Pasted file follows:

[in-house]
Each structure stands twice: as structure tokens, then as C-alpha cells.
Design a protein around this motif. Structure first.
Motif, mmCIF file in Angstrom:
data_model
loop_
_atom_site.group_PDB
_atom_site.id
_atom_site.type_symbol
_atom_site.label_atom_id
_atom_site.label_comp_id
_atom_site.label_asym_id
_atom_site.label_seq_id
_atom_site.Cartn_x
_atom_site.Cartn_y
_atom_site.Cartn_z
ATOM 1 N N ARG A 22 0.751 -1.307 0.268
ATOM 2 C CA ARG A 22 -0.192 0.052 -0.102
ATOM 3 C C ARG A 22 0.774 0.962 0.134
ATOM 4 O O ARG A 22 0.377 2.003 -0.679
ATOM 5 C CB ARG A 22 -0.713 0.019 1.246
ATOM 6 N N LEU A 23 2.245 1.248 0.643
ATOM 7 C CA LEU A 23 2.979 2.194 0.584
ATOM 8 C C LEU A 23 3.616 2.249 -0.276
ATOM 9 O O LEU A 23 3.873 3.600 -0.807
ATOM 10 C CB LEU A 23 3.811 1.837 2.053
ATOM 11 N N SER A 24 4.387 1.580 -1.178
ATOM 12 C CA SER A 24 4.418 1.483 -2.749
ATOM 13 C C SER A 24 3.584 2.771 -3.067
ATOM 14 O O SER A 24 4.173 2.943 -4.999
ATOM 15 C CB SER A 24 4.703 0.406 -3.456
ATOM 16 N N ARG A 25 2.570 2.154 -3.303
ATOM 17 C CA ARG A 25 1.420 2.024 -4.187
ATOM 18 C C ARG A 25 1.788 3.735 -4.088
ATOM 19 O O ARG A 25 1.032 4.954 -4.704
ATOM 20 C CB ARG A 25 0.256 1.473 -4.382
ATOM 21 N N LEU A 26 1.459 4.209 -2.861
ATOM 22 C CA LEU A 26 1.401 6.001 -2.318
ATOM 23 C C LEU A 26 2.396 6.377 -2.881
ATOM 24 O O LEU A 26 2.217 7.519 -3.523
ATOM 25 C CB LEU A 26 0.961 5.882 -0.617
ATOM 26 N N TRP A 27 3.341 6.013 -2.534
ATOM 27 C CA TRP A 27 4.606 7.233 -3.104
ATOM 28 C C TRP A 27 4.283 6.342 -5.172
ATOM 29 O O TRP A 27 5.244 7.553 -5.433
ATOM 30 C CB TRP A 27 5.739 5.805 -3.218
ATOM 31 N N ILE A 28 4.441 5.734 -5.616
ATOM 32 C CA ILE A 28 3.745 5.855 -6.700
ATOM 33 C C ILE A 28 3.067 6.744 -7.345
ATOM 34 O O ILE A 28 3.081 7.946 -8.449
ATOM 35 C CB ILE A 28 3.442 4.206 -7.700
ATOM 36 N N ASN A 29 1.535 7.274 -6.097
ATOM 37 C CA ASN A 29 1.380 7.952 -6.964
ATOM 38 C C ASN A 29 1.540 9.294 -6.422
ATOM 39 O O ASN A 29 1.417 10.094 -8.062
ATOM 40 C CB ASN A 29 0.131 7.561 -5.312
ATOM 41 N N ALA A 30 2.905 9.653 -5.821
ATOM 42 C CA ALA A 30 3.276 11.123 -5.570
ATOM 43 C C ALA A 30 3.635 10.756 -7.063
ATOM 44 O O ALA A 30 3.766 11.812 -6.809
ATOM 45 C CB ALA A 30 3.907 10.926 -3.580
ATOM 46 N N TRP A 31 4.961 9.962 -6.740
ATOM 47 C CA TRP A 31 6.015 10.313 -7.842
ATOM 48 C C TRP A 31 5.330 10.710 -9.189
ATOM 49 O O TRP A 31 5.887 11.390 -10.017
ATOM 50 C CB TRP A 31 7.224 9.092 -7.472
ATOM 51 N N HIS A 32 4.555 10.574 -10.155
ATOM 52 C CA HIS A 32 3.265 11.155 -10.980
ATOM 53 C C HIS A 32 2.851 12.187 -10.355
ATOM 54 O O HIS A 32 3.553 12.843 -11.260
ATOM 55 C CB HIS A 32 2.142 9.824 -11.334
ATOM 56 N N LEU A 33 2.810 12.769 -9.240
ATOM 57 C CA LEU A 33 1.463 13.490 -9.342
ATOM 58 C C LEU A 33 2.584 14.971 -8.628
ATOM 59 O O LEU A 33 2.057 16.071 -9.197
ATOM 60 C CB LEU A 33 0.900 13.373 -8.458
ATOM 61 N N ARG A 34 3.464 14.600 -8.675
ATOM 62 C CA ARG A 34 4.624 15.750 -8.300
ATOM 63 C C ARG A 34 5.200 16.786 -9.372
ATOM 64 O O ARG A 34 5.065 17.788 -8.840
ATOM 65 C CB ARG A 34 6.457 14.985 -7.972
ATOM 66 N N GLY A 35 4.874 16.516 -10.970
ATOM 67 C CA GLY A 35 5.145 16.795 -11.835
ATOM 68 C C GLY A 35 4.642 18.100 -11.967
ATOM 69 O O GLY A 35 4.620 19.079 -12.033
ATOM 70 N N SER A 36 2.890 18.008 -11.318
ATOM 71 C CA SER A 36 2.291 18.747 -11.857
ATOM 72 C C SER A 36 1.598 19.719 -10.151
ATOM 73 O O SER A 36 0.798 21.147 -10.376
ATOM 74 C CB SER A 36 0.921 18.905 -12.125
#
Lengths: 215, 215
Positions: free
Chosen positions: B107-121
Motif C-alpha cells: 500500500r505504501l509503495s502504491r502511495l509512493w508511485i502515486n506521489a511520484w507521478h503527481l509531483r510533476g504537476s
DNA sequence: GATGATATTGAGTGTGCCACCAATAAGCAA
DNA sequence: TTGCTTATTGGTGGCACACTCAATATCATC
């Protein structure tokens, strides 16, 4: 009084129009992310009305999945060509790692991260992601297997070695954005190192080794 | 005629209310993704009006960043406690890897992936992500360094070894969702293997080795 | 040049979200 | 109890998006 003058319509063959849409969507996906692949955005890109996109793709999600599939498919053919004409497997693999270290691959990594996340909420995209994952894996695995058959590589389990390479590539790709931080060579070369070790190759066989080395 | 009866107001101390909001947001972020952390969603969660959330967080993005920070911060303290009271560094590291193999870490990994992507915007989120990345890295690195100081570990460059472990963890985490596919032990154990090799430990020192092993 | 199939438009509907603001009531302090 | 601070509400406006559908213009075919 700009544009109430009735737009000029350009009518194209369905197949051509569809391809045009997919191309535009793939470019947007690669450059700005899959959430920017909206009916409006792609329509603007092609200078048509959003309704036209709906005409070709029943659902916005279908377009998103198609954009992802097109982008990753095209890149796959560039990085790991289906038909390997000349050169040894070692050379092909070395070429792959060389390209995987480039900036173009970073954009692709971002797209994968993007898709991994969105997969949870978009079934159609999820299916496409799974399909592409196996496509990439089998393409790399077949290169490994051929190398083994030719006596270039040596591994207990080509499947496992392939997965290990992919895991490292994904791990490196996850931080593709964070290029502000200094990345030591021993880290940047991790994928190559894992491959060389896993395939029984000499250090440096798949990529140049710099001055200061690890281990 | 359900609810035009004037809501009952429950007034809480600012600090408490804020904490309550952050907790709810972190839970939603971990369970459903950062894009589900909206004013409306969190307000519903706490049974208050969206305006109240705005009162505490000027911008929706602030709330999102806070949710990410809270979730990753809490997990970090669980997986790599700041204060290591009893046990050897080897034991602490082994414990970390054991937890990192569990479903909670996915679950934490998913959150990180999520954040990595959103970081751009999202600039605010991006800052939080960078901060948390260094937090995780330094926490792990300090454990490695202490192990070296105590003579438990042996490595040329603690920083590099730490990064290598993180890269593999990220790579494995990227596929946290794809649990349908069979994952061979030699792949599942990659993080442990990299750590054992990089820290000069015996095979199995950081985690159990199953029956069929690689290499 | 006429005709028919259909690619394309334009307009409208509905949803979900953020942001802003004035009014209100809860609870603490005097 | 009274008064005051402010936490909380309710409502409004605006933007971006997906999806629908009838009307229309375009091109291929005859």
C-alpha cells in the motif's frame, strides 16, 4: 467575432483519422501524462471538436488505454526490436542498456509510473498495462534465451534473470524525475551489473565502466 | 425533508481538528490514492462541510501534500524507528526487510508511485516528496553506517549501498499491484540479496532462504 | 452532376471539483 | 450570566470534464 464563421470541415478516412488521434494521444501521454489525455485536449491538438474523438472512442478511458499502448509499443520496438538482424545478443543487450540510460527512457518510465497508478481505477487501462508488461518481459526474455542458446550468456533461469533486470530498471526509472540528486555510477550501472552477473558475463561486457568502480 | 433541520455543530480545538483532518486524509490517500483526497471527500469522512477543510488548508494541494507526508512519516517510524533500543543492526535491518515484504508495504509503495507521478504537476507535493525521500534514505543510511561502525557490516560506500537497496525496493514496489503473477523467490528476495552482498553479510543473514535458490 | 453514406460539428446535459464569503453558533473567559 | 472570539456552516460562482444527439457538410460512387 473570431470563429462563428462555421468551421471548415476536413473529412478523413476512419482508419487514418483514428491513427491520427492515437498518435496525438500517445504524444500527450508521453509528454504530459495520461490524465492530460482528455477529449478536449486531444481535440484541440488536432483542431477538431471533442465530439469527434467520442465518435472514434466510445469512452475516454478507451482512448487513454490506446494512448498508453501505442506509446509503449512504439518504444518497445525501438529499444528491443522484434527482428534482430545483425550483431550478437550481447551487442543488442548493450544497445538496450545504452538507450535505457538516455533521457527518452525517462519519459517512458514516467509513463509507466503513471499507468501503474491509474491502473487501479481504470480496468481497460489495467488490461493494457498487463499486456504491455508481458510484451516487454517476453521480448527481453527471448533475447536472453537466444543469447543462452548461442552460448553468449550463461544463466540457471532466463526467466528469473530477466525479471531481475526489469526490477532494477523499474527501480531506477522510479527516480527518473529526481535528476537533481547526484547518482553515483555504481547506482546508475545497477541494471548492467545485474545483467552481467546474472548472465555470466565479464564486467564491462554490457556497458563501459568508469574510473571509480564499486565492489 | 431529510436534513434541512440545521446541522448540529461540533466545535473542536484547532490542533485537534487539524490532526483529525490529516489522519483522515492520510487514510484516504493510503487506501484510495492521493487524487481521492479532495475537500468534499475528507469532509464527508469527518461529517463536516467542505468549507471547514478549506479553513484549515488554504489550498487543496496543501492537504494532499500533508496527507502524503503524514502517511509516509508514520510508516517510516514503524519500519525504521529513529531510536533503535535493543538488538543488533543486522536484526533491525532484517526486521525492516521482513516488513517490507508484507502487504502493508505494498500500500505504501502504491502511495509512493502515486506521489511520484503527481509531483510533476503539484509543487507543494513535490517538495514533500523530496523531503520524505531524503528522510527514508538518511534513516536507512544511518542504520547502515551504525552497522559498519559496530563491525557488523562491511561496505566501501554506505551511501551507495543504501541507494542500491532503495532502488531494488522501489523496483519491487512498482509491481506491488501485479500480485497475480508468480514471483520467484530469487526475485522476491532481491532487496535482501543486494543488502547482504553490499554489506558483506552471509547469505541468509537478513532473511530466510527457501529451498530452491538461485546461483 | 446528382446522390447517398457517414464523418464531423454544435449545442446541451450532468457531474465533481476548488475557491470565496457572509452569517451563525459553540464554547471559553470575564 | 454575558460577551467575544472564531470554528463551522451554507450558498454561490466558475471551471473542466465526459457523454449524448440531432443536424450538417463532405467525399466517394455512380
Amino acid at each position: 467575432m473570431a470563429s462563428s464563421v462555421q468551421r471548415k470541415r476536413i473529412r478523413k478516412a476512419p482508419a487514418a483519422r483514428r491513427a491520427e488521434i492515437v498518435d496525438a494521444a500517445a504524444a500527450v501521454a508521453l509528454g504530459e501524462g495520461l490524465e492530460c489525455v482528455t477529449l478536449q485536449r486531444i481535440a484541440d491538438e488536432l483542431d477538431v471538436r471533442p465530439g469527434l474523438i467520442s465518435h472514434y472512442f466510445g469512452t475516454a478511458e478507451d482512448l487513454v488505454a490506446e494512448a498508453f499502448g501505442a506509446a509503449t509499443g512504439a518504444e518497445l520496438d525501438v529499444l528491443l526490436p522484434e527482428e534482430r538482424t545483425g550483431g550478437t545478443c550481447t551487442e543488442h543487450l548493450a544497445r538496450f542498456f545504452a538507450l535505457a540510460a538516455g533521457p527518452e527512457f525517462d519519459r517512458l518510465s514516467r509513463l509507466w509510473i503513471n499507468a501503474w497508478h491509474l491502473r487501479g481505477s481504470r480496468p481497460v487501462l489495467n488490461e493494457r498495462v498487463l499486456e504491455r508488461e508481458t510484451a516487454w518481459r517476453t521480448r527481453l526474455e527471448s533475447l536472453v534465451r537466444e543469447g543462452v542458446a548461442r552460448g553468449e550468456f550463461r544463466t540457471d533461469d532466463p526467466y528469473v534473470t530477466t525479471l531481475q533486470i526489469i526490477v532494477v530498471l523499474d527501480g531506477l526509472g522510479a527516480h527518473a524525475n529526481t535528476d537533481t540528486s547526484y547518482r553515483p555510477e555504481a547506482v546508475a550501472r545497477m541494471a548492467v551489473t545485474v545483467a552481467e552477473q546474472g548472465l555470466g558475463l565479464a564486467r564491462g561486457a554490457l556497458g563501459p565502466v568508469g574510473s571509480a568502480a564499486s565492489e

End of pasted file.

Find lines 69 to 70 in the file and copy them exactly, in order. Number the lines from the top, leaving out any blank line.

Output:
ATOM 53 C C HIS A 32 2.851 12.187 -10.355
ATOM 54 O O HIS A 32 3.553 12.843 -11.260